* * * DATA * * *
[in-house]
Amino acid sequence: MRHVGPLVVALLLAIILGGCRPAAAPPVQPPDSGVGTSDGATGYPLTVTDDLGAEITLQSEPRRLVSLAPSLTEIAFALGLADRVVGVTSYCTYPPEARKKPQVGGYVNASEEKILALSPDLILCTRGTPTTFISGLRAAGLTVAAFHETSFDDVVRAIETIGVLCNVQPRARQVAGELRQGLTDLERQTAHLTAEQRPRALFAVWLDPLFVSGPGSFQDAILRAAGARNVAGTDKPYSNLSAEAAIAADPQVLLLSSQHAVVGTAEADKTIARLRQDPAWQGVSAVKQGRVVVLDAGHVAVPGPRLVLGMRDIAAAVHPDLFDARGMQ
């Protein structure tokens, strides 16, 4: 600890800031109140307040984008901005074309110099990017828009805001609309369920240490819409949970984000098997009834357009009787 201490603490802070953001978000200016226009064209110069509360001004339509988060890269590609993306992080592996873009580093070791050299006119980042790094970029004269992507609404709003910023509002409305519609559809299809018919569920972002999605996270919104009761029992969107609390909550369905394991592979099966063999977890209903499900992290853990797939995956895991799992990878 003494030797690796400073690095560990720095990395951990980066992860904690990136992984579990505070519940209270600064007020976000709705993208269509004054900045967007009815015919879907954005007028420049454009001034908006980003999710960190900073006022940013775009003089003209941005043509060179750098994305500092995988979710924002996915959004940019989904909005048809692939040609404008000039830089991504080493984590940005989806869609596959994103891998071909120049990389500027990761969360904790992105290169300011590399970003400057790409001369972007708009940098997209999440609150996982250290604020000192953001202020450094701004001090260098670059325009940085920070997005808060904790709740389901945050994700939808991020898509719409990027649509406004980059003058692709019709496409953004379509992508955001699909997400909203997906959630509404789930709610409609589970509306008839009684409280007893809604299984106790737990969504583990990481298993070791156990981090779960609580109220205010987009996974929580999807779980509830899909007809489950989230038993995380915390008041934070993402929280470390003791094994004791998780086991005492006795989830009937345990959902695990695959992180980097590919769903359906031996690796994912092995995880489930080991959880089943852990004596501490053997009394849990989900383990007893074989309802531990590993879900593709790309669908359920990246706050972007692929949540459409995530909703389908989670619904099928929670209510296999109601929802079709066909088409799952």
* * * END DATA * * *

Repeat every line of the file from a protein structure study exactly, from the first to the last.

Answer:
[in-house]
Amino acid sequence: MRHVGPLVVALLLAIILGGCRPAAAPPVQPPDSGVGTSDGATGYPLTVTDDLGAEITLQSEPRRLVSLAPSLTEIAFALGLADRVVGVTSYCTYPPEARKKPQVGGYVNASEEKILALSPDLILCTRGTPTTFISGLRAAGLTVAAFHETSFDDVVRAIETIGVLCNVQPRARQVAGELRQGLTDLERQTAHLTAEQRPRALFAVWLDPLFVSGPGSFQDAILRAAGARNVAGTDKPYSNLSAEAAIAADPQVLLLSSQHAVVGTAEADKTIARLRQDPAWQGVSAVKQGRVVVLDAGHVAVPGPRLVLGMRDIAAAVHPDLFDARGMQ
């Protein structure tokens, strides 16, 4: 600890800031109140307040984008901005074309110099990017828009805001609309369920240490819409949970984000098997009834357009009787 201490603490802070953001978000200016226009064209110069509360001004339509988060890269590609993306992080592996873009580093070791050299006119980042790094970029004269992507609404709003910023509002409305519609559809299809018919569920972002999605996270919104009761029992969107609390909550369905394991592979099966063999977890209903499900992290853990797939995956895991799992990878 003494030797690796400073690095560990720095990395951990980066992860904690990136992984579990505070519940209270600064007020976000709705993208269509004054900045967007009815015919879907954005007028420049454009001034908006980003999710960190900073006022940013775009003089003209941005043509060179750098994305500092995988979710924002996915959004940019989904909005048809692939040609404008000039830089991504080493984590940005989806869609596959994103891998071909120049990389500027990761969360904790992105290169300011590399970003400057790409001369972007708009940098997209999440609150996982250290604020000192953001202020450094701004001090260098670059325009940085920070997005808060904790709740389901945050994700939808991020898509719409990027649509406004980059003058692709019709496409953004379509992508955001699909997400909203997906959630509404789930709610409609589970509306008839009684409280007893809604299984106790737990969504583990990481298993070791156990981090779960609580109220205010987009996974929580999807779980509830899909007809489950989230038993995380915390008041934070993402929280470390003791094994004791998780086991005492006795989830009937345990959902695990695959992180980097590919769903359906031996690796994912092995995880489930080991959880089943852990004596501490053997009394849990989900383990007893074989309802531990590993879900593709790309669908359920990246706050972007692929949540459409995530909703389908989670619904099928929670209510296999109601929802079709066909088409799952």